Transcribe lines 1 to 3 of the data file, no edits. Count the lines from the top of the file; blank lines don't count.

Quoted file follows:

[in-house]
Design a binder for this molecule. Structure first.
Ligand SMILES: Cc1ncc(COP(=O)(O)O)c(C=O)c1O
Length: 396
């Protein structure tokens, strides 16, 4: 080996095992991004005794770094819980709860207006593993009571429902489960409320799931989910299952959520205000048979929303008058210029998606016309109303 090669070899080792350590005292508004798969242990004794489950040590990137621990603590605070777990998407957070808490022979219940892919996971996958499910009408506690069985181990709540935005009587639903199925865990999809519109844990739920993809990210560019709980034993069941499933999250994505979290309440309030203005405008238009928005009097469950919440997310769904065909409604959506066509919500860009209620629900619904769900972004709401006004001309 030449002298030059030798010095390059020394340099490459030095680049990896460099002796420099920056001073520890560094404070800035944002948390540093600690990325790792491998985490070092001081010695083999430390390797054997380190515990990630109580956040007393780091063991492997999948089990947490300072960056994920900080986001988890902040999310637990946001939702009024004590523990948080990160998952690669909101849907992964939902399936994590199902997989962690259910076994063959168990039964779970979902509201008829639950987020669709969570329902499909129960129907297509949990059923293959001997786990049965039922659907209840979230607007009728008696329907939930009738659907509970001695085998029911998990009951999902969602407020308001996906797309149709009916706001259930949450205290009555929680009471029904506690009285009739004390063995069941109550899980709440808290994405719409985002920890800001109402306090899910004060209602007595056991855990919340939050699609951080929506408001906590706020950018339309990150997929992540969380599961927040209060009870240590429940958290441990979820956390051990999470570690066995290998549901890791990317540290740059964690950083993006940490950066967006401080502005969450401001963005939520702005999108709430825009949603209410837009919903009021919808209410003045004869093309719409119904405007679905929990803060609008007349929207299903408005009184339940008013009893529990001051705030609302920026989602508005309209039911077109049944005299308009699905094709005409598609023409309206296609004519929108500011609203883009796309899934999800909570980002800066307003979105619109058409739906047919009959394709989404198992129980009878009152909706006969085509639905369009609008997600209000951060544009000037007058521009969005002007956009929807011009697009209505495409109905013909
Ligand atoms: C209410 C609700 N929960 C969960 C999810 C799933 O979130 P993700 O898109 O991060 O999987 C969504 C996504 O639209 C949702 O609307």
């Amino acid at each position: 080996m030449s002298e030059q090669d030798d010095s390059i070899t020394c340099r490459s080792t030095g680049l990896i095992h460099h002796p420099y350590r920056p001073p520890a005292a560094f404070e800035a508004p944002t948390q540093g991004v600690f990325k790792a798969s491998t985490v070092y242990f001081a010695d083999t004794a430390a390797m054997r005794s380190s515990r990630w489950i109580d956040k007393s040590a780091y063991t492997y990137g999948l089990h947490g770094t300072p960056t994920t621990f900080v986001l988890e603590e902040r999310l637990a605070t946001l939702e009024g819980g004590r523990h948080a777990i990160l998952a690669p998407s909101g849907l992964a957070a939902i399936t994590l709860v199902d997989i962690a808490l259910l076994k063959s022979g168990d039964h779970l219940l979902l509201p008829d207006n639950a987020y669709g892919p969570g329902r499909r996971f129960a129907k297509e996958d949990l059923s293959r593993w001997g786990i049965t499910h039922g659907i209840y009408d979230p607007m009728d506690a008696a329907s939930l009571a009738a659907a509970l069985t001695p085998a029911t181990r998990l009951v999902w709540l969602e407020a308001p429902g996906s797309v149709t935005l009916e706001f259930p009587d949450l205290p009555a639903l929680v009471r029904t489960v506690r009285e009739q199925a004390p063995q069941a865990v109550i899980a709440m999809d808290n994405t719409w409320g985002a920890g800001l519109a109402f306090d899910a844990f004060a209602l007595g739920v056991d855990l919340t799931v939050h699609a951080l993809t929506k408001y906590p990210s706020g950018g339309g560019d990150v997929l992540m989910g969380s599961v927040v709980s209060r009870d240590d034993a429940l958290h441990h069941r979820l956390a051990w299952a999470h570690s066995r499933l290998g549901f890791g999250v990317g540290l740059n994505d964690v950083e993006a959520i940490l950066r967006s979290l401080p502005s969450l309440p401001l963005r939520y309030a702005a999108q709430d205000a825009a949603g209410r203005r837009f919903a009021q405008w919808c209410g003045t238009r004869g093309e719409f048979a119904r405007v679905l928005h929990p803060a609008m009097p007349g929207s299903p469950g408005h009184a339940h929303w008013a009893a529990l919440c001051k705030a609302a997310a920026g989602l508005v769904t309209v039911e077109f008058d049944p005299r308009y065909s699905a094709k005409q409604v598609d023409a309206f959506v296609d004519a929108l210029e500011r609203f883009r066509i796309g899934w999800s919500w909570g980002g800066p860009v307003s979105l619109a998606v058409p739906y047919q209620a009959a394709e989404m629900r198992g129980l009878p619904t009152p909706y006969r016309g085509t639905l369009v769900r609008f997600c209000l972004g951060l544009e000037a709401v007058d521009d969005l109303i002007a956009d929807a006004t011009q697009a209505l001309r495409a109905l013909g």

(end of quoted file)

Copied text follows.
[in-house]
Design a binder for this molecule. Structure first.
Ligand SMILES: Cc1ncc(COP(=O)(O)O)c(C=O)c1O